W3C home > Mailing lists > Public > www-style@w3.org > October 2008

Re: [CSS21] stack level definitions in 9.9.1

From: Anton Prowse <prowse@moonhenge.net>
Date: Wed, 22 Oct 2008 21:39:30 +0200
Message-ID: <48FF8172.3080704@moonhenge.net>
To: Ian Hickson <ian@hixie.ch>
CC: www-style@w3.org

 > On Tue, 20 May 2008, Anton Prowse wrote:
 >> http://dev.moonhenge.net/css21/spec/z-index/ .  The paper presents
 >> several proposals for the clarification of the relevant sections of
 >> the specification.

Ian Hickson replied:
 > the author prefers a different kind of wording to the wording in
 > the spec

I am emphatically in favour of a wording (any wording, not necessarily 
my own) which is intelligible over one which is nonsensical.  Presumably 
this is not in itself a controversial stance.

 > By and large I would recommend rejecting editorial changes, on the
 > principle that making editorial changes is risky (it can lead to
 > unintentional normative changes).

This is a valid concern, although see my comment below.

 > This paper appears to contain a series of editorial disagreements[...]

 > It is possible that this paper contains reports of errors that I
 > misunderstood to be mere editorial requests.

I don't really follow the binary division you make between errors and 
editorial requests in this case.

Sections 2.1--2.3 in the paper are editorial requests but highlight 
ambiguities in 9.9.1.

Section 2.4 highlights a reoccurring wording which is erroneous in 
9.9.1.  [Example: according to the spec, stacking layer 2 of a given 
stacking context C consists of "the stacking contexts of descendants 
with negative stack levels".  However, this is clearly not intended to 
catch /all/ descendants with negative stack levels, only those for whom 
C is the containing stacking context.]

Sections 2.5--2.7 and 2.9 are purely editorial.  (That is, they contain 
no changes to the presented logic.)

Section 2.8 highlights the knottiest problem with the current spec, 
which also direct affect the wording of the definition of the z-index 
property.

The spec says: "The stack level of an element in the current stacking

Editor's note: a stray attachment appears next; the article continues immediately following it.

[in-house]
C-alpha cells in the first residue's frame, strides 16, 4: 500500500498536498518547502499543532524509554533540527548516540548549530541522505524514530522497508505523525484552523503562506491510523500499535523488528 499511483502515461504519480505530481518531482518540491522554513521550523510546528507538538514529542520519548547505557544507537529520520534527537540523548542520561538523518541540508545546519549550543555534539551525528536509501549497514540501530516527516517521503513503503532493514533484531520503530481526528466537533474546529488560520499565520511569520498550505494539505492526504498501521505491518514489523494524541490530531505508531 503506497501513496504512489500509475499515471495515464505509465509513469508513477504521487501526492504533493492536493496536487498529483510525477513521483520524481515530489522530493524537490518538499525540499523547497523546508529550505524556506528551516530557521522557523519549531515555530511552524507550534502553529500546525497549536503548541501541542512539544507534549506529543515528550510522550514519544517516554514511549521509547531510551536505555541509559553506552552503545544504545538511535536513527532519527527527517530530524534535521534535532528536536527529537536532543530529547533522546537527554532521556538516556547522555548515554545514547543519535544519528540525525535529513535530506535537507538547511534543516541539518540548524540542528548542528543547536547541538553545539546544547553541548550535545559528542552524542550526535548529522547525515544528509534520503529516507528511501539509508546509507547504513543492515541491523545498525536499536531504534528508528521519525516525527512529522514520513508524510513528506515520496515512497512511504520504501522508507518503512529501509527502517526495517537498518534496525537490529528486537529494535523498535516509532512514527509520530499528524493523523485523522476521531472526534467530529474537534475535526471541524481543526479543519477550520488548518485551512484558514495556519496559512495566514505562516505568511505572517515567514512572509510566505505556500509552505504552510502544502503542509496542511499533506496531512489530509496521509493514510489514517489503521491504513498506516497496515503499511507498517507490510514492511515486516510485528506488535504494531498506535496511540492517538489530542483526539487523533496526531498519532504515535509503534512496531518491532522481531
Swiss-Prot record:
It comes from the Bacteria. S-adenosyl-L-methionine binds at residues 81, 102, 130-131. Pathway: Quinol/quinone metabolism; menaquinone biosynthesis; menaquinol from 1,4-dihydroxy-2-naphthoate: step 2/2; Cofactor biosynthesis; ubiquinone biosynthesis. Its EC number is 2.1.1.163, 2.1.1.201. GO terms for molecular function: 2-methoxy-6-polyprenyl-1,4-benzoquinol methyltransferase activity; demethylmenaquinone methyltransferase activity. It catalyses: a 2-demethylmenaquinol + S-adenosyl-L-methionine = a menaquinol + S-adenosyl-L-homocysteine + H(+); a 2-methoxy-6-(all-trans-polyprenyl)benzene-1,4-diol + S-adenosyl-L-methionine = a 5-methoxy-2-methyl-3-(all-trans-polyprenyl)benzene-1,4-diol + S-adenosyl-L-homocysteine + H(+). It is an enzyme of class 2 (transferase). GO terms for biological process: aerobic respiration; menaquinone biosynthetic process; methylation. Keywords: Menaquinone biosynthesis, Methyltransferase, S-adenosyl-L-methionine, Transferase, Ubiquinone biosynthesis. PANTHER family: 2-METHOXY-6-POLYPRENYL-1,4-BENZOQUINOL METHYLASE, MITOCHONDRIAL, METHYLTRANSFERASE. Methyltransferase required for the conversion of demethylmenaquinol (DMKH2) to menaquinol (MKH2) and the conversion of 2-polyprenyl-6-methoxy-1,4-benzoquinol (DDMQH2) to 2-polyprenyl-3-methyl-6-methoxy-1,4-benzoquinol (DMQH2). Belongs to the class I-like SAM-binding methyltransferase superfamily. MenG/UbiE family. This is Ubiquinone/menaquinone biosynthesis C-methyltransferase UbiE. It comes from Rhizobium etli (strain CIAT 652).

context whose value of z-index is ‘auto’ is the same as its parent’s 
box."; and also: "Boxes with the same stack level in a stacking context 
are stacked back-to-front according to document tree order."

Yet this would imply that, within a stacking context S that contains an 
in-flow inline-level child E followed by a non-positioned floated child 
F (both of which have z-index:0) E and F should be stacked according to 
document tree order.  That is nonsense: in fact E is stacked on top of F 
according to the stacking levels listed later in 9.9.1.

 > I would request that any such errors be documented in the form of a
 > simple HTML document showing a precise case that is ambiguous
 > according to the spec, or showing a precise case that the spec defines
 > to have a rendering that disagrees with the majority of Web browsers.
 >
 > Such HTML files would significantly help the working group to
 > determine the importance of the errors.

I fail to see how test cases can shed any more light on the issues here. 
  However, it may be that this indicates how you conceive of a mutually 
exclusive division between an error and an editorial request: the former 
being a flaw revealed through practical demonstration, with the latter 
being one revealed through logical examination?  I would usually take an 
"editorial request" to mean one which merely demonstrates typos or other 
accidental mistakes, or which proposes a reordering which does not alter 
the logic of the passage in question.

 > making editorial changes [...] can lead to unintentional normative
 > changes

Yet much of 9.9.1 merely attempts to be a (rather incomplete) summary of 
the stacking algorithm in Appendix E, and hence should not be normative 
in any case.  (Whilst I am in favour of a /non-normative/ summary within 
9.9.1, it seems somewhat dangerous to attempt to create two different, 
/normative/ versions of the same rather complex algorithm.)

Given the bewilderment already expressed by a number of people here on 
this mailing list towards the current wording of 9.9.1, would it not be 
better to simply remove most of 9.9.1 and point the reader to Appendix E 
instead?  (Apparently you suggested this yourself at some point [1].) 
Aside from the non-normative motivational text and the definition of 
z-index, 9.9.1 provides nothing new and so in my opinion it would be 
better to remove the problematic parts than keep them in their current form.

[1] http://lists.w3.org/Archives/Public/www-style/2008Jul/0312.html (at 
the very bottom of the correspondence, in the quoted section by Ingo 
Chao;  I cannot locate the earlier email on the archives.)

Cheers,

Anton Prowse
http://dev.moonhenge.net
Received on Wednesday, 22 October 2008 19:40:23 GMT

This archive was generated by hypermail 2.2.0+W3C-0.50 : Monday, 27 April 2009 13:55:15 GMT